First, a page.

In a tight 20 minutes (dubbed “probably the best use of the podcast format ever” by New York magazine's 'Vulture' site) host and creator Hrishikesh Hirway takes us through everything from personal anecdotes behind songs – on recent episode Denzel Curry breaks down ‘RICKY’, named after his father – the writing process (such as Björk writing a staggering sixty strings lines for ‘Stonemilker’), and the minutiae of recording and instrumentation… just exactly what did it take to create the drama of the Game Of Thrones theme tune?

The perfect podcast for all the stans out there. – Emma Finamore

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Hip-Hop Saved My Life

Romesh Ranganathan (and his long-suffering producer Rupert) is a joy for fans of old-school hip-hop and comedy alike. From a well-articulated hatred of mumble rap, to the challenges of playing rap (or not) around your young children – see this Twitter thread for tips and potentially kid-friendly playlists – HHSML features a stellar line-up of guests, earworm novelty rap-style indents for regular sections (“Man! Hip-hop gripes” is a personal fave), and a healthy does of cynicism.

Recent stand-out guests include Mercury nominee Little Simz – talking about her schooling in classics like Biggie, as well as the importance of local youth clubs in developing her ideas and love of music – and Louis Theroux, but delve back into the podcast archive to find a live Rodney P episode, comedian Jamali Maddix on Wu-Tang, GZA and MF Doom, a slightly drunk Snowy Danger, the legendary Afrika Baby Bam of Jungle Brothers and many, many more… – Emma Finamore

Table Manners – Jessie Ware

As if her solo material wasn’t enough of a showcase for that incredible voice Jessie Ware has constructed a parallel career as a warm, funny, and continually fascinating podcast host.

Her show Table Manners just kicked off its seventh season, and it runs around a remarkable simply format: just Jessie, her mum, and a hand-picked guest talking about food and family direct from their very own kitchen table. Season Six highlights included a wonderful spot from fellow London resident Neneh Cherry and the infectious laughter of Olly Alexander, while Season Seven opened with a visit to Edinburgh Fringe.

Developing a cult following of its own, Table Manners is a meal worth savouring. – Robin Murray

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George Ezra & Friends

Long regarded on these pages as one of British music’s most sincere exhibits of positivity George Ezra makes for the perfect host on his regular podcast.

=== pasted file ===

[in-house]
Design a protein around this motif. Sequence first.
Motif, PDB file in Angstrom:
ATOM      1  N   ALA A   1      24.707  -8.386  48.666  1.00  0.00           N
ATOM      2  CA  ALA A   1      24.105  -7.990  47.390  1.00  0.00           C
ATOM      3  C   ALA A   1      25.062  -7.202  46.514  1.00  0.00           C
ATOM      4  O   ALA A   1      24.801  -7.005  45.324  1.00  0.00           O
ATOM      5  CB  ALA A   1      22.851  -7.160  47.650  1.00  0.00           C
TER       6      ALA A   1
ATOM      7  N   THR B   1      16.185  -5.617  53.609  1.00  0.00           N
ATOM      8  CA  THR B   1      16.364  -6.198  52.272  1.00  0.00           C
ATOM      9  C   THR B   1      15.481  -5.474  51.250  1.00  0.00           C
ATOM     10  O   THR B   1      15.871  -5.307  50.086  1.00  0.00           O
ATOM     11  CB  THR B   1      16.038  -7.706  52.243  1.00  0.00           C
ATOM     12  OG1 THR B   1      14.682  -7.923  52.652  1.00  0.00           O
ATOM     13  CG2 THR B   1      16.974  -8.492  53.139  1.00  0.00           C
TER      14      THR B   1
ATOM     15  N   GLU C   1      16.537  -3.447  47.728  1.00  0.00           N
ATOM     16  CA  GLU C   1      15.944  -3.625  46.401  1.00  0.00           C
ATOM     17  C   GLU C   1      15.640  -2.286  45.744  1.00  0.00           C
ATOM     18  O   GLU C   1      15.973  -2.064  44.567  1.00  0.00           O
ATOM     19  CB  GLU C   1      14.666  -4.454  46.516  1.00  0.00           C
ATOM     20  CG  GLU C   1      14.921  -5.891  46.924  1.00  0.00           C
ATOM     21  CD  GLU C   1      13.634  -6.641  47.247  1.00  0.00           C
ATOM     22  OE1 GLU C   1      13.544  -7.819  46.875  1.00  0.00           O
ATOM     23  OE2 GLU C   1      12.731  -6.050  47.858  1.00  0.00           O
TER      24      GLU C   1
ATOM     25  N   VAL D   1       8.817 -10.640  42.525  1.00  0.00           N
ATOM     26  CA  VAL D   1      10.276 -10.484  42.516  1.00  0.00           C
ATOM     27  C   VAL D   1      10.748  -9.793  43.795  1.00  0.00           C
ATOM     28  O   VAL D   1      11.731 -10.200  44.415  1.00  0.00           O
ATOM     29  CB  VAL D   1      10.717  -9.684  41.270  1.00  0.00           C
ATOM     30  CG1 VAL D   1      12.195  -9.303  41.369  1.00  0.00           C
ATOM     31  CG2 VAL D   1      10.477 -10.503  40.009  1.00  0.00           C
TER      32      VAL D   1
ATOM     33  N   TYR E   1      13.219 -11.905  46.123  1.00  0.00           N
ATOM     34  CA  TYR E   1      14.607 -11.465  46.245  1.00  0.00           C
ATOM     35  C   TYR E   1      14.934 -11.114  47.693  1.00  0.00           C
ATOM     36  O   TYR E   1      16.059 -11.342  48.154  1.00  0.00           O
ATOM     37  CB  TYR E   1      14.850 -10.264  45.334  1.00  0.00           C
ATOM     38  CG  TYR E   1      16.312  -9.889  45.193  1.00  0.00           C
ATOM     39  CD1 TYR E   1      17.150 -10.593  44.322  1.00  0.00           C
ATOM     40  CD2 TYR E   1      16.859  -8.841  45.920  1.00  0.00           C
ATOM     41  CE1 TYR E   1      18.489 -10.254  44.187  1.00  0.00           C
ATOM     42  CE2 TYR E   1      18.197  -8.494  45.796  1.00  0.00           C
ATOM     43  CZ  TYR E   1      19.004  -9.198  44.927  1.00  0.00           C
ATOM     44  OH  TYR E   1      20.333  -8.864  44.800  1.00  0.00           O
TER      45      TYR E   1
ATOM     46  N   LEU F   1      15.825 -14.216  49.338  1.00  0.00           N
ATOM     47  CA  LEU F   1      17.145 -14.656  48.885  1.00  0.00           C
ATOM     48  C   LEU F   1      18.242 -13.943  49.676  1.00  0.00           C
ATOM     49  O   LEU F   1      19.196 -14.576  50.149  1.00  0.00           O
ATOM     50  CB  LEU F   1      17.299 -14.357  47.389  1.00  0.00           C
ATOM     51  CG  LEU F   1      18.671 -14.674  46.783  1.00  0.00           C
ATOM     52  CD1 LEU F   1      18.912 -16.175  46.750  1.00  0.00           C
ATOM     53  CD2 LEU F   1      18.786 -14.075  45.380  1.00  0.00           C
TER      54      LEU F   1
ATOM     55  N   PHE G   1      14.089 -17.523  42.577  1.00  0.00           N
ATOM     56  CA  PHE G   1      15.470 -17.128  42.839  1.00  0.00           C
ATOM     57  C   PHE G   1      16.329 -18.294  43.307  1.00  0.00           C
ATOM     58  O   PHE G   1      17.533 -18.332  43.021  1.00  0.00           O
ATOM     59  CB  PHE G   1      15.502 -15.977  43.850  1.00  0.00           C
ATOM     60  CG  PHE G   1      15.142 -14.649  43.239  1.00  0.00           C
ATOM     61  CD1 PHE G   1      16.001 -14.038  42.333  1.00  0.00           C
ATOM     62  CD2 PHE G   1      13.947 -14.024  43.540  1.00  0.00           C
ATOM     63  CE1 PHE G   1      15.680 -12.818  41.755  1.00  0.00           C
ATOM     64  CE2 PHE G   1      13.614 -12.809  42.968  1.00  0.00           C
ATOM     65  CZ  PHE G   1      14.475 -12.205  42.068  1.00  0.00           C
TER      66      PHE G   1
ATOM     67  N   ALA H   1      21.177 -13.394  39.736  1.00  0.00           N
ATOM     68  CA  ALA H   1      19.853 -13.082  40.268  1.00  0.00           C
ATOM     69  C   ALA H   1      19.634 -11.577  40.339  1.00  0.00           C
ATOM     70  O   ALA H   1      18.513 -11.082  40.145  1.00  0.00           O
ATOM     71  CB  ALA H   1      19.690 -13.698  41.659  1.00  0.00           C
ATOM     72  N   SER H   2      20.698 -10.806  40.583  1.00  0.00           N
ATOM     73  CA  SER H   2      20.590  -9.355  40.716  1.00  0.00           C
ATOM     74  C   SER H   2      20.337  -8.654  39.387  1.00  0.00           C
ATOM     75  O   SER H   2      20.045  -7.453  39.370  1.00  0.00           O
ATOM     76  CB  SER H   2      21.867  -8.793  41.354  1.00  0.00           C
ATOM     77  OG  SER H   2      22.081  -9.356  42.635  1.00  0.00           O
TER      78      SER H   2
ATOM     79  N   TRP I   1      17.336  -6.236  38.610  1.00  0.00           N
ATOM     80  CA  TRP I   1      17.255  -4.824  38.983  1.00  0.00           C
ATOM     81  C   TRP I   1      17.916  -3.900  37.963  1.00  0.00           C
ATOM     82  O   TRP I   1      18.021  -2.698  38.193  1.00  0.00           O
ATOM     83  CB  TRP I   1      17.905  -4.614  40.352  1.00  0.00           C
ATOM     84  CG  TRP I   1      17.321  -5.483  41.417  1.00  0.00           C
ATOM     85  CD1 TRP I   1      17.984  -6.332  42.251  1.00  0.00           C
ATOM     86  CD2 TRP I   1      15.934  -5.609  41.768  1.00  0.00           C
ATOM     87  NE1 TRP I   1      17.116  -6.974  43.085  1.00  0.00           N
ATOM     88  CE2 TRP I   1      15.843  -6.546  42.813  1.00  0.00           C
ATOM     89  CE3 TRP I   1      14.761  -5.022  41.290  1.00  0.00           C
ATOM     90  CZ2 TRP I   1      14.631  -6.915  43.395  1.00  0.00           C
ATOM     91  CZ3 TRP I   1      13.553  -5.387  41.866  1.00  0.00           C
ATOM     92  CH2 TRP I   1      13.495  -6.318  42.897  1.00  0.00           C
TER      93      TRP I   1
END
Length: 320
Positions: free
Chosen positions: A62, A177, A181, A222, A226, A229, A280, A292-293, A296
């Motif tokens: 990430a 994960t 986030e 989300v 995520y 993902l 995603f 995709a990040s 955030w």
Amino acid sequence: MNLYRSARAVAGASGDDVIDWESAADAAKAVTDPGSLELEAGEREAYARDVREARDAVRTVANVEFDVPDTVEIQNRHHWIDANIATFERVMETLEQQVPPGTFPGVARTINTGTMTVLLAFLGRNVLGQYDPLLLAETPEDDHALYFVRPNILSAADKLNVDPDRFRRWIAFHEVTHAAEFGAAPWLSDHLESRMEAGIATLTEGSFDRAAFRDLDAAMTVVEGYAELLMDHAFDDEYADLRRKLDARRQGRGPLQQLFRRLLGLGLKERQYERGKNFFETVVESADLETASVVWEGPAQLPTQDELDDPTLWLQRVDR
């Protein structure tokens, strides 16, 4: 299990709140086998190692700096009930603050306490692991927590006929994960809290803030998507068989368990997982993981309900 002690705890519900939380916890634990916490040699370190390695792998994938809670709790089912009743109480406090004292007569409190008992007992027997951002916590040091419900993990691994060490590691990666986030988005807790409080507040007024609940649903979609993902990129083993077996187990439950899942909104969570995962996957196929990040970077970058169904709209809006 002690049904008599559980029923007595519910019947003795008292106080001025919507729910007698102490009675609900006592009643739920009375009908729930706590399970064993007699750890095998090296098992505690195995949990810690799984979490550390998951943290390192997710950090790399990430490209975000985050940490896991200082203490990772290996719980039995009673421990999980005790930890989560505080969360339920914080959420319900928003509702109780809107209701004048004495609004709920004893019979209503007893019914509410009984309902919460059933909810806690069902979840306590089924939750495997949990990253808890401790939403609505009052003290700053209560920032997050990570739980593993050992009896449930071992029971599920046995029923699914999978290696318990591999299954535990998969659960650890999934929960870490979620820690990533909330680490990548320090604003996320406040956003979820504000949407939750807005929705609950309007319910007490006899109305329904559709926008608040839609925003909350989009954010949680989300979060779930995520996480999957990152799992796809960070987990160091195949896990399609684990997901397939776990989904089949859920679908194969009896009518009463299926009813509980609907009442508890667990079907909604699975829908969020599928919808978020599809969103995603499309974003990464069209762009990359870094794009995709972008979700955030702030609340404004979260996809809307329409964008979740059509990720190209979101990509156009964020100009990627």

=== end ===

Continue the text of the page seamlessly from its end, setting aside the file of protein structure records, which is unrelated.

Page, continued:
The format is a fairly simple In Conversation vibe, with George Ezra & Friends allowing the titular folk-pop wonder to sit down with some real heroes. Season Two was typically broad, with the guitarist chatting amiably to everyone from Kurt Vile to Sir Tom Jones, Sigrid to Nile Rodgers. 

Somehow fitting his presenting into a hectic touring schedule, the decision to end his ‘Staying At Tamara’s’ tour with two (sold out) nights at the Royal Albert Hall should give George Ezra plenty of time to hang out with his podcast chums. – Robin Murray

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Homo Sapiens

One of British pop’s true gentlemen Will Young has always come across as an affable, intelligent, and genuinely funny personality. Linking with filmmaker Chris Sweeney for the regular Homo Sapiens podcast, the two bill themselves as ‘Woman’s Hour For An LGBTQ+ Audience’ which pretty much nails their approach perfectly.

Having pushed their way to a mighty 35 episodes there’s perhaps too many highlights to mention, but you should definitely check out Sam Smith’s meeting with the pair, Skin’s wonderfully outspoken visit, and their tete a tete with comedian Julian Clary, who is at his waspish best as he looks back on his early days in London clubs.

It’s not just comedy, though – there’s an in-depth look at the lesbian community in Hebden Bridge, analysis of LGBTQ+ inclusivity in schools, and a meeting with Labour leader Jeremy Corbyn. – Robin Murray

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Robert Plant

Iconic Led Zeppelin frontman turned solo wizard Robert Plant has a deep and avowed love of music, with his record collection moving from rockabilly to Arabic culture, via British avant folk, metal, and more.

Digging Deep affords the rock icon space to explore some of these inspirational releases, while looking back on his career via one iconic release at a time. Moving through his catalogue on a bite-sized yet also in-depth basis, this is the rare chance to hear a bona fide legend on reflective form.

Oh, and the best part? A whole new season has just kicked off. – Robin Murray

Bigmouth – Andrew Harrison

Andrew Harrison has long been an advocate for the podcast artform, going so far as to host two of his own – the politically-minded Remainiacs, and the musically-gifted Bigmouth.

We’re fans of both, but for the purpose of this list Bigmouth gains the nod. Andrew – formerly of Q and much-missed chronicle The Word – chats to Sian Pattenden, the pair make perfect foils for one another as they traverse the musically-inclined elements of pop culture.

Recent episodes pursue BBC3’s UK Rap Game, Sky’s Mod weekend, and the Factory Records exhibition in London, using these as cyphers for the pair to explore broader themes in the cultural conversation. – Robin Murray

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Stage shows are a massive, massive undertaking.

Often taking months – if not years – to plan, lay out, and execute, they can leave a permanent impact on fans' consciousness.

Take Twenty One Pilots. The band's recent Bandito tour in October was an explosive extravaganza, featuring an elaborate stage set up.

Now The Chainsmokers have kicked off their World War Joy, and some have noted a similarity between their current live experience and Twenty One Pilots' achievements.

Here's a few concerned onlookers.

Indeed, some fans have gone far enough as to resurrect an old beef between the two artists…